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Ursula Stenzel

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Ursula Stenzel

Ursula Stenzel (born 22 September 1945 in Leopoldstadt, Vienna) is an Austrian politician who was a Member of the European Parliament (MEP) from 1996 to 2006. Until September 2015, she was a member of the Austrian People's Party. She is also a former member of the bureau of the European People's Party, and sat on the European Parliament's Committee on Foreign Affairs.

She is also chair of the delegation for relations with the Korean Peninsula, a member of the Subcommittee on Security and Defence, and a substitute for the Committee on Budgetary Control and the Committee on Employment and Social Affairs.

Stenzel has been Bezirksvorsteherin (district mayor) of Innere Stadt, Vienna's 1st district and old town, from 2005 until she stepped down in 2015. Her successor as district mayor is Markus Figl (ÖVP).


Stenzel was born in a Catholic family of Jewish descent. Her father was engineer of the North railway, Stenzels mother was the daughter of a hazzan and granddaughter of a rabbi, both from the synagogue in the Rotensterngasse in Leopoldstadt, the second municipal district of Vienna.[1]


  • Studied journalism, political science and modern history
  • Journalist and presenter at ORF (1972–1999)
  • Member of the European Parliament
  • Delegation member, EU-Poland Joint Parliamentary Committee (1997–2002)
  • Delegation Chair, EU-Czech Republic Joint Parliamentary Committee (2002–2004)
  • Schuman Prize


Protests against about fixed closing hours[edit]

Stenzel has been criticised by local and national artists for her conservative positions, most notably for her outspoken support of the introduction of a closing time in Vienna's 1'st district ("Innere Stadt"). In answer to Stenzels proposal, a number of Viennese club owners and deejays created a cover version of the Duck Sauce hit single "Barbra Streisand" which also included a satirical video titled Ursula stress ned (Ursula don't stress). The single became widely popular within days and the video quickly went viral on YouTube.[2][3]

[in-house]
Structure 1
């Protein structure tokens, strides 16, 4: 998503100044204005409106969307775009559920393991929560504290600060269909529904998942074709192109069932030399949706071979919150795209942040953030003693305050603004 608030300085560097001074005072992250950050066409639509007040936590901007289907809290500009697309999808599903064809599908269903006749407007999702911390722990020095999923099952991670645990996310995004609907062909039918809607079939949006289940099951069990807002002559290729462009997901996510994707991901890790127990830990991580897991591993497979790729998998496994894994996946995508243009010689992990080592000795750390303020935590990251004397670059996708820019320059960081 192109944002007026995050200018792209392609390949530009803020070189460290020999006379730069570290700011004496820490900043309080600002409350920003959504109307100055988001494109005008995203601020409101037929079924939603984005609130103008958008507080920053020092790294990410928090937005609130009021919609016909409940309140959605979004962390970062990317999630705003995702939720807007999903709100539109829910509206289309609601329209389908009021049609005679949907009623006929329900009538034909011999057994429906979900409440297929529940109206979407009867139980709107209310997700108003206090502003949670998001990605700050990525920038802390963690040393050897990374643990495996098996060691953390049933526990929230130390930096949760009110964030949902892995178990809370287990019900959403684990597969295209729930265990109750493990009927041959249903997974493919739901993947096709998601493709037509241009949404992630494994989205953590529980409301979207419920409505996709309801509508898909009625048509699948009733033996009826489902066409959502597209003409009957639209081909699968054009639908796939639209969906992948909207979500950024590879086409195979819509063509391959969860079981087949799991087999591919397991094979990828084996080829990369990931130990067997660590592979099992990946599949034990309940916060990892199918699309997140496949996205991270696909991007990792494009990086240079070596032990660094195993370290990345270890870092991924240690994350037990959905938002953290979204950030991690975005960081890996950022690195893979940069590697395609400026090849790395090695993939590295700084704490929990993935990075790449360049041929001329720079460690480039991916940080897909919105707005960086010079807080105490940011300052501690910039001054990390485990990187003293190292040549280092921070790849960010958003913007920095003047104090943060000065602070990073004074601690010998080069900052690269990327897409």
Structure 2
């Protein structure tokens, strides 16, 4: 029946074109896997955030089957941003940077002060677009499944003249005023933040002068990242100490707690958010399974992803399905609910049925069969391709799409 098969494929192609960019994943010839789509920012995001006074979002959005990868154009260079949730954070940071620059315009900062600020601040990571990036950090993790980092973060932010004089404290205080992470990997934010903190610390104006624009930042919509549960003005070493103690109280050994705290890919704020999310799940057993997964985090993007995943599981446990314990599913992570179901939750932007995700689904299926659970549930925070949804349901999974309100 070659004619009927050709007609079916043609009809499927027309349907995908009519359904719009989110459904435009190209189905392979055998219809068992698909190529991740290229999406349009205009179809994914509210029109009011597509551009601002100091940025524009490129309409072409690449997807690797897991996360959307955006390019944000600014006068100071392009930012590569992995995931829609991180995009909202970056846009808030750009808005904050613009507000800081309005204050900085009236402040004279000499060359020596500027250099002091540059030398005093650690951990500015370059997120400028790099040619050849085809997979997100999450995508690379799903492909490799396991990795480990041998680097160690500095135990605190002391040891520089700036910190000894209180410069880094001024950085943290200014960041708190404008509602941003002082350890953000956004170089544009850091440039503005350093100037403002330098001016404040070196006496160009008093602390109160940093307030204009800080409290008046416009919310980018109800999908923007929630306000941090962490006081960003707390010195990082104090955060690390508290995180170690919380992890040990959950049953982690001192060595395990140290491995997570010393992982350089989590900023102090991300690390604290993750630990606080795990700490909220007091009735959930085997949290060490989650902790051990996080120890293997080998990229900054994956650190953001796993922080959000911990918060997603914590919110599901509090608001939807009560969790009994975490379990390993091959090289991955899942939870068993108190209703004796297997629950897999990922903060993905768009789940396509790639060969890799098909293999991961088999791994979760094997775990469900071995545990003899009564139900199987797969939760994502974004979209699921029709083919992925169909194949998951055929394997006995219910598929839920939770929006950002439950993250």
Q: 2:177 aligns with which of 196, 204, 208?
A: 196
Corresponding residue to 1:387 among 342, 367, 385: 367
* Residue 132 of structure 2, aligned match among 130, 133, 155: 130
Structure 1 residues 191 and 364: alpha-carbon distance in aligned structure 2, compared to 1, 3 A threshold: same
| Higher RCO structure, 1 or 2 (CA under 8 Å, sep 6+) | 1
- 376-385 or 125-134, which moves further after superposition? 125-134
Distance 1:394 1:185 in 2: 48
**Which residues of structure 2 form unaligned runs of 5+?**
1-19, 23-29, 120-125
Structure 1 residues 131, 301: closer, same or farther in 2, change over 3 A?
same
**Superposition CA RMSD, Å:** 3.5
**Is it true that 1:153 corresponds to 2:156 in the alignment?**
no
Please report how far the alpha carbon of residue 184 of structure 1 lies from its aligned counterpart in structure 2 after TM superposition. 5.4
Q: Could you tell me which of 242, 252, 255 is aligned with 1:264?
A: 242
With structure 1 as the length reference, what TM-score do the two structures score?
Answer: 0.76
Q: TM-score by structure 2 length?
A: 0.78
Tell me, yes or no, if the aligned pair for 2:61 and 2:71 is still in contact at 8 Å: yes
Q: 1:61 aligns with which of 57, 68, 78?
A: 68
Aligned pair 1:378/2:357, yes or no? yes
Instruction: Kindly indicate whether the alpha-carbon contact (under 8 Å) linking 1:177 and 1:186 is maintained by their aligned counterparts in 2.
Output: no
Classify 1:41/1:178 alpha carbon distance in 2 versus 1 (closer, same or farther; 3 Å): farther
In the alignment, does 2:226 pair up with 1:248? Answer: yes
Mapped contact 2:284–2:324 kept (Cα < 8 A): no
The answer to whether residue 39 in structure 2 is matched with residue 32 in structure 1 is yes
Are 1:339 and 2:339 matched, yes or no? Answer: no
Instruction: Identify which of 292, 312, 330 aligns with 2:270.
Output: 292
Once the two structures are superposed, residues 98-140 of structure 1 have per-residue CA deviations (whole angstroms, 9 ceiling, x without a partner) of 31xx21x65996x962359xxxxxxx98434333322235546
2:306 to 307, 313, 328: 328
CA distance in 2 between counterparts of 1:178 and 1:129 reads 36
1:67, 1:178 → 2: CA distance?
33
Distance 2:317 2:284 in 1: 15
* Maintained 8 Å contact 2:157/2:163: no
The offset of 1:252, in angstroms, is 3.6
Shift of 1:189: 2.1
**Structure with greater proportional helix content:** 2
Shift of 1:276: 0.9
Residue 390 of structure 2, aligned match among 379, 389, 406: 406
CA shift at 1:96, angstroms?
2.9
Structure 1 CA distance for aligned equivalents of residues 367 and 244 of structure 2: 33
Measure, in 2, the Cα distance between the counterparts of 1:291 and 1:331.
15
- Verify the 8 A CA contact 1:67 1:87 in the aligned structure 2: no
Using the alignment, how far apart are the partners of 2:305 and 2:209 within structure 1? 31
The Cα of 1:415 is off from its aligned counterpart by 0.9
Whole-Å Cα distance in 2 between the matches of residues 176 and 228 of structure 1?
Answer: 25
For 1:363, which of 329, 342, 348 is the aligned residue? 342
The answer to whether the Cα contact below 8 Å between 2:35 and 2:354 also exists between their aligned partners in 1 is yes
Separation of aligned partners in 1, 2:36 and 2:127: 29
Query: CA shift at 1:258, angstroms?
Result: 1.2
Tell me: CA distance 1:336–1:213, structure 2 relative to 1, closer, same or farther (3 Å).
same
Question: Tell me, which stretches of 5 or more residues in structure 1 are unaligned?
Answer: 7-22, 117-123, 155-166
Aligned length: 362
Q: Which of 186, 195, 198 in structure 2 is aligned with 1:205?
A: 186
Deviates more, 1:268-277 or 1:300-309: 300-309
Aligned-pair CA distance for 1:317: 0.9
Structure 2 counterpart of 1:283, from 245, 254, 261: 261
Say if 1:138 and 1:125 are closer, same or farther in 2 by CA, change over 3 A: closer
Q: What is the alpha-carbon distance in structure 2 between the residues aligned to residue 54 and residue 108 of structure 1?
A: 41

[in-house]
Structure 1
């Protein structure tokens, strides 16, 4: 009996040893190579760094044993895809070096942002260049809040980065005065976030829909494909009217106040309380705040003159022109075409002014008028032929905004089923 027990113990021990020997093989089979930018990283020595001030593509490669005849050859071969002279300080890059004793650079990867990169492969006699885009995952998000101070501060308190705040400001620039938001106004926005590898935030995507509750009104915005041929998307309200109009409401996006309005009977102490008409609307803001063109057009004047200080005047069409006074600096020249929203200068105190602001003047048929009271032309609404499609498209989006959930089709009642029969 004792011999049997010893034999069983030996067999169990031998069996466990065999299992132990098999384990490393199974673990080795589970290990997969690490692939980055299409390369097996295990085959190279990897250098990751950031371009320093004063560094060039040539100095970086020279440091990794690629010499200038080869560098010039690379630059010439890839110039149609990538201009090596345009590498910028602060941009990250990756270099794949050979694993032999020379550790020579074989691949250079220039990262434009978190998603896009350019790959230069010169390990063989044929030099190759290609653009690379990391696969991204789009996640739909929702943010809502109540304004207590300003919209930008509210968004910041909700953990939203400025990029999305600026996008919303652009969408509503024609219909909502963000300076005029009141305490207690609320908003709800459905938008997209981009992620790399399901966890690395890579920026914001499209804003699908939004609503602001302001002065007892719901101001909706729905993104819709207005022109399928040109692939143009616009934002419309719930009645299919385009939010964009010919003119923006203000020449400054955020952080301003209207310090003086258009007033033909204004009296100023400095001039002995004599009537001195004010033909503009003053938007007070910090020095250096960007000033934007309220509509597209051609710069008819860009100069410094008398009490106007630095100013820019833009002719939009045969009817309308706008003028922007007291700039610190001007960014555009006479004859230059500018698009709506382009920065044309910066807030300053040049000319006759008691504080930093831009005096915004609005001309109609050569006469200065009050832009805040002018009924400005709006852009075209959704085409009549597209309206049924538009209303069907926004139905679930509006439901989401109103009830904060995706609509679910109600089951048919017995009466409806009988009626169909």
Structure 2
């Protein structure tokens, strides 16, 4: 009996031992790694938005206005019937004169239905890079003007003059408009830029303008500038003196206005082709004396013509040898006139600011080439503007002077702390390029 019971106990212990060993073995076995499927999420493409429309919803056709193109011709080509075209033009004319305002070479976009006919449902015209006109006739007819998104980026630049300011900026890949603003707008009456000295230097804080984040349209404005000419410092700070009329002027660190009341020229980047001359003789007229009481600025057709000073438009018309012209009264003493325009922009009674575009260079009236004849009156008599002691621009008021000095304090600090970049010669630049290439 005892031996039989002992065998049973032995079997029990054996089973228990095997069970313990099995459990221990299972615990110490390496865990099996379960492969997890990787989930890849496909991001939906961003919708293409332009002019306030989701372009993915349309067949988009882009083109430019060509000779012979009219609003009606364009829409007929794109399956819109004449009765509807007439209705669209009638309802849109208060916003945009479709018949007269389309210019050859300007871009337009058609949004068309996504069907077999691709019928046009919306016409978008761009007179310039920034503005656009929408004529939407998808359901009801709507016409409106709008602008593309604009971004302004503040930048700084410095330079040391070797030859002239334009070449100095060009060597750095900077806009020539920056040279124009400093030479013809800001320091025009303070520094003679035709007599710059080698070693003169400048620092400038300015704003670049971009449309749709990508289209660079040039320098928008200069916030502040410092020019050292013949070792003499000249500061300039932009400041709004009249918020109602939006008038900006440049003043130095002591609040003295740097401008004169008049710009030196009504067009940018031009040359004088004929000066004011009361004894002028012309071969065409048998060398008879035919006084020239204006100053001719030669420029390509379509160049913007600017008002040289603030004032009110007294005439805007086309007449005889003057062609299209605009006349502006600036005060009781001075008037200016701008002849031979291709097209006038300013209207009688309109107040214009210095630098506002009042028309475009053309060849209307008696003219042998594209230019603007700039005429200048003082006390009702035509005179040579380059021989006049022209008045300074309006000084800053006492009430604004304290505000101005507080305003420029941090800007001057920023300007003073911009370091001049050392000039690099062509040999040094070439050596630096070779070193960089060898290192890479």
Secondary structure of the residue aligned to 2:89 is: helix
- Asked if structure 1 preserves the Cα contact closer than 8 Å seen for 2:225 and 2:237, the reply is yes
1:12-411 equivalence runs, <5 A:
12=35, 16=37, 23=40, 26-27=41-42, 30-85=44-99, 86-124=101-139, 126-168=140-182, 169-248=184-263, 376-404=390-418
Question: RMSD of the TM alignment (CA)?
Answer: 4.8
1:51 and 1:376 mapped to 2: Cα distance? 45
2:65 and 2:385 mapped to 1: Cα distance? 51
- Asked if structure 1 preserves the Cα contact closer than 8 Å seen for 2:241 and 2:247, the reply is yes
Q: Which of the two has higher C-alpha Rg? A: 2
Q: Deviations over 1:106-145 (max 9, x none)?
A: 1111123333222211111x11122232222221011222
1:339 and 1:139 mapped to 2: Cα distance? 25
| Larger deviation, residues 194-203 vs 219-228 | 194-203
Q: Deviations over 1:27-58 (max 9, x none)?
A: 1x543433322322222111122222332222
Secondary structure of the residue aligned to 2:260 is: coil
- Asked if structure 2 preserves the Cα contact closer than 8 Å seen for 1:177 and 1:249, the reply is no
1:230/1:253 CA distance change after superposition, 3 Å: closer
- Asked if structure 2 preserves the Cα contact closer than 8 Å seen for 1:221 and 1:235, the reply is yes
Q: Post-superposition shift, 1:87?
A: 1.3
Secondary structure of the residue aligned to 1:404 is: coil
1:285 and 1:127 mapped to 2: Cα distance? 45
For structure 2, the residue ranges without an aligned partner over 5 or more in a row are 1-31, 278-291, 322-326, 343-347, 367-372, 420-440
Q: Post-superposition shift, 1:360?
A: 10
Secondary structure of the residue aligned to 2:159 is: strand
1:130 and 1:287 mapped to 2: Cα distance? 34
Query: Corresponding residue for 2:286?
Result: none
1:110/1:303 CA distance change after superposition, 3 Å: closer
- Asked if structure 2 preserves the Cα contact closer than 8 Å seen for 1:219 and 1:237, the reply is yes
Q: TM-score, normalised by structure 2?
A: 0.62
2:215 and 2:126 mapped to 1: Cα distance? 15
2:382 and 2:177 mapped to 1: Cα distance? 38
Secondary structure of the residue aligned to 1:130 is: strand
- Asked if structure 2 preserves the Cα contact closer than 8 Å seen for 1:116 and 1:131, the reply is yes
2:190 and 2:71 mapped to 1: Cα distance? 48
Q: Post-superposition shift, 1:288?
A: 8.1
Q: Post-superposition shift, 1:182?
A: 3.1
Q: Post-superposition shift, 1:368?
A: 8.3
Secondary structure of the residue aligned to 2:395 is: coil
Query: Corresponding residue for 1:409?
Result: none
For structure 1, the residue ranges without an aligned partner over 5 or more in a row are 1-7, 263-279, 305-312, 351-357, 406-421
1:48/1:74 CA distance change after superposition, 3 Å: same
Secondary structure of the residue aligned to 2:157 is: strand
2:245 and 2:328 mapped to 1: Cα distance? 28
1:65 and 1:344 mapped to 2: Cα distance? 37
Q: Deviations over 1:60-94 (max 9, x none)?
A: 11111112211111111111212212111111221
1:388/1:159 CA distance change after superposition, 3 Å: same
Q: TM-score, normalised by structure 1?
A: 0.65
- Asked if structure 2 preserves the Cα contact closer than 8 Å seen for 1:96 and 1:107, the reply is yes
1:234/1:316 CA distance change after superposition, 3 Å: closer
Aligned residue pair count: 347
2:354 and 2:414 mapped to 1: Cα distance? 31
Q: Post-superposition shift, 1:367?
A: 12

Switch to Austrian Freedom Party[edit]

Shortly before the Viennese municipal election of 2015, the Viennese regional administration of the Austrian People's Party (ÖVP) decided that it would not endorse Stenzel as district mayor for another term. In reaction, Stenzel left the Christian democratic and conservative ÖVP to join the right-wing populist and national-conservative Freedom Party of Austria (FPÖ).[4] However, as the ÖVP managed to keep her relative majority in the first district (despite losing 12,27% of their voters from the elections in 2010) and the FPÖ only coming in third, Stenzel had to step down as district mayor and was succeeded by Markus Figl from the ÖVP.[5]


  1. ^ https://derstandard.at/2330361/Ich-will-Wien-die-Urbanitaet-zurueckgeben Interview with Ursula Stenzel] in the Austrian Newspaper Der Standard (March 29, 2007. Retrieved May 31, 2017): "Mein Urgroßvater war Rabbiner, mein Großvater Kantor in der Synagoge in der Rotensterngasse" (My great-grandfather was a rabbi, my grandfather a cantor in the synagogue in the Rotensterngasse).
  2. ^ "Ursula Stress ned" als YouTube-Protest. Mit einem viralen Musikvideo wehrt sich die Wiener Club-Szene gegen Sperrstunden In: Kurier, am 16.02.2011, 20:49
  3. ^ „Ursula stress ned“: Protestsong gegen Sperrstunden Die Presse, 16.02.2011
  4. ^ "HC Strache/Ursula Stenzel: Gemeinsam für eine bürgerlich-liberale Mehrheit in Wien". www.ots.at. Austria Press Agency. 1 September 2015. Retrieved 10 September 2015.
  5. ^ Official final result of the 2005 elections in Vienna's First District

External links[edit]